Info: (804) 282-2620 or va-rep.org
It isn’t often that someone writes a play that requires the actors to take a vow of silence. But that is exactly what happens in Beth Wohl’s play, Small Mouth Sounds (premiered in 2015), when six people in search of themselves – or something or someone other than their themselves – arrive at an upstate New York center for a silent retreat. Small Mouth Sounds was inspired by the author’s own retreat experience.
Naturally, things do not unfold smoothly as each character reveals their special brand of quirkiness or unveils their personal demons. Judy and Joan are a couple – two middle-aged women who are struggling to shoulder the burden of Judy’s cancer diagnosis. Alicia is a young woman who apparently just broke up with someone named Fred; she keeps dialing his number and is constantly distracted by her forbidden cell phone. She is perturbed to discover that she has been assigned a male roommate.
Ned and Rodney are two of the most interesting members of this unlikely collection of people. Ned has had an unimaginable string of bad luck: he fell off a mountain and broke his skull; his wife started sleeping with his younger brother; he started drinking and joined AA only to have his sponsor commit suicide, and his dog got run over by a car. That’s just a small sampling of all that he’s been through. Rodney is a passive aggressive yoga instructor who smugly and silently snubs everyone else, shows off his yoga skills, removes his wedding ring as soon as he arrives, and is the first to strip down for the clothing optional lakeside activities.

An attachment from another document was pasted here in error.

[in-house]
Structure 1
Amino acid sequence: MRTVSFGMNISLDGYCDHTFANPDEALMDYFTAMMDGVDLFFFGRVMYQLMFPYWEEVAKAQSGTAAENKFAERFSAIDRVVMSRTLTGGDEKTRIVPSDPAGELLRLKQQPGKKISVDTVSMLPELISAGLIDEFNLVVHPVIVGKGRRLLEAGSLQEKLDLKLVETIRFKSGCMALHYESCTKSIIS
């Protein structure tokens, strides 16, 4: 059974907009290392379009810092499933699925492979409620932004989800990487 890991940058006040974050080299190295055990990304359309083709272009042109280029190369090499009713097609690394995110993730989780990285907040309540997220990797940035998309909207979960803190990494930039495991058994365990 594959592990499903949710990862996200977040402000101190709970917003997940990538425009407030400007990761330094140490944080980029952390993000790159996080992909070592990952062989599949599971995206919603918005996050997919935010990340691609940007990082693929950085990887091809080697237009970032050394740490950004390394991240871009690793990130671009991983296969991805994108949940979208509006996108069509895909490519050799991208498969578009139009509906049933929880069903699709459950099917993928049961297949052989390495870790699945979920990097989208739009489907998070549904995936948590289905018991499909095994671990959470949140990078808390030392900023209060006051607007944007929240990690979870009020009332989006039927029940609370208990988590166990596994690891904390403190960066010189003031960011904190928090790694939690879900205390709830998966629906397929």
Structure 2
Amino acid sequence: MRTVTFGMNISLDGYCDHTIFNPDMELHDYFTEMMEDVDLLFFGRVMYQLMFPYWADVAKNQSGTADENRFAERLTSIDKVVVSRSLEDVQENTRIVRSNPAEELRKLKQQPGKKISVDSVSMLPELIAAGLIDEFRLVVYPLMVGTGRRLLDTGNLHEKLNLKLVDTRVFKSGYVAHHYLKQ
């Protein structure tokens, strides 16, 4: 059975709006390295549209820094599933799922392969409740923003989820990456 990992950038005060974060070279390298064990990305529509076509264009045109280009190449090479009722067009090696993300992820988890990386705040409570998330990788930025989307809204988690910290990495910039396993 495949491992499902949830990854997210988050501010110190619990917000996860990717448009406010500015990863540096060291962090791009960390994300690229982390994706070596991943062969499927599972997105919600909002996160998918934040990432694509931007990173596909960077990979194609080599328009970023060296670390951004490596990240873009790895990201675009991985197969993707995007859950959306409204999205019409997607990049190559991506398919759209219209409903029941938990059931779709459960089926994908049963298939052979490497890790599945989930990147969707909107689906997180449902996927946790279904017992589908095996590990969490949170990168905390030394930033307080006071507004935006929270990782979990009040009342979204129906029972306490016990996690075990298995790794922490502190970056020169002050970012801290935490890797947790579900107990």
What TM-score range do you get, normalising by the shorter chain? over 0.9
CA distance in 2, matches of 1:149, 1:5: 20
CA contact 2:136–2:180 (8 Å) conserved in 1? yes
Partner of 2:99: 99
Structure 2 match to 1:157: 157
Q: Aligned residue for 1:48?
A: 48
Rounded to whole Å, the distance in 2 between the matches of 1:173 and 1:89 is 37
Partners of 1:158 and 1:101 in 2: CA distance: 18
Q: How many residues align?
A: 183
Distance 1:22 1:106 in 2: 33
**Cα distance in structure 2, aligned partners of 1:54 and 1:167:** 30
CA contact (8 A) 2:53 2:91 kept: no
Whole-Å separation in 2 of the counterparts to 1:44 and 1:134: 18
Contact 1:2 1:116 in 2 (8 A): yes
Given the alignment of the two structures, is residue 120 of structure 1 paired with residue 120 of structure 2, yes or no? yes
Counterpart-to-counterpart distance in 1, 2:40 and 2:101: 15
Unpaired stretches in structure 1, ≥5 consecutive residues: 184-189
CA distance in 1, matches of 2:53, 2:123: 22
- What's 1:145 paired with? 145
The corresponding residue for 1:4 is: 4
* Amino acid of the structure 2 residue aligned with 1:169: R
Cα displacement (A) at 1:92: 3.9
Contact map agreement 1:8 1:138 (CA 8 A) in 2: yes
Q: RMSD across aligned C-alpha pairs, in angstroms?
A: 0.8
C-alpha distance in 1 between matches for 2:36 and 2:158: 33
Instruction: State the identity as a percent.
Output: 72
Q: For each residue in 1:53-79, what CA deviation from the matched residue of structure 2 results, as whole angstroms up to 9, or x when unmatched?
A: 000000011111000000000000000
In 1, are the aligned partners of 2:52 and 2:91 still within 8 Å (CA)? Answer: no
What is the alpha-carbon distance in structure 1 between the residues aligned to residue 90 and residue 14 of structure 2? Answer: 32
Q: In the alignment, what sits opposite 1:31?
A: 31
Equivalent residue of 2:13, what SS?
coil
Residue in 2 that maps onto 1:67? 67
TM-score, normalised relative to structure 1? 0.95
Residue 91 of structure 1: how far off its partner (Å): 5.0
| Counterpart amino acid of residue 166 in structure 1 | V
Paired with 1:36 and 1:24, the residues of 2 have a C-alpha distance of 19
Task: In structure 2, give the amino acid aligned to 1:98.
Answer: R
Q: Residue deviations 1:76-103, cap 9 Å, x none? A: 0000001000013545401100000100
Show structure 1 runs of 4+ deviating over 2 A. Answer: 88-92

Oh yes, there is a bit of nudity – full frontal – and some “herbal tobacco” and Palo Santo wood gets burned onstage. This play is recommended for viewers 18 years and older. But, to get back to the cast, one of the greatest surprises comes in the final scene from the mild-mannered Jan.
This group of seekers comes under the care and watchful eye of a gruff-voiced guru, an unseen and nameless Teacher who coughs and sneezes into her microphone and appears o the verge of a breakdown. The audience never sees the Teacher, Marisa Guida, until she comes out to take her bow at the end. Guida is the only character allowed to speak throughout the play.
The marvelous cast consists of Lauren Leinhaas-Cook as Judy (the one with cancer); Jenny Hundley as her partner Joan (the bubbly one who always seems to have a small wrapped candy); Maura Mazurowski as Alicia (the young one with all the bags and baggage – and snacks); Jim Morgan as Ned (the one who has all the bad luck); Adam Valentine as Rodney (the passive-aggressive yoga instructor); and Larry Cook as Jan (the one whose secret I will not reveal here, but about whom I will post a nagging question at the end of this review). What makes them all so marvelous is that, except for a rather long monologue by Ned, and a brief but sharp exchange between Joan and Judy, we learn all we know about these characters through facial expressions, gestures, and a few grunts. In order to successfully carry off a play in which the main characters are all required to take a vow of silence, these actors had to act their butts off!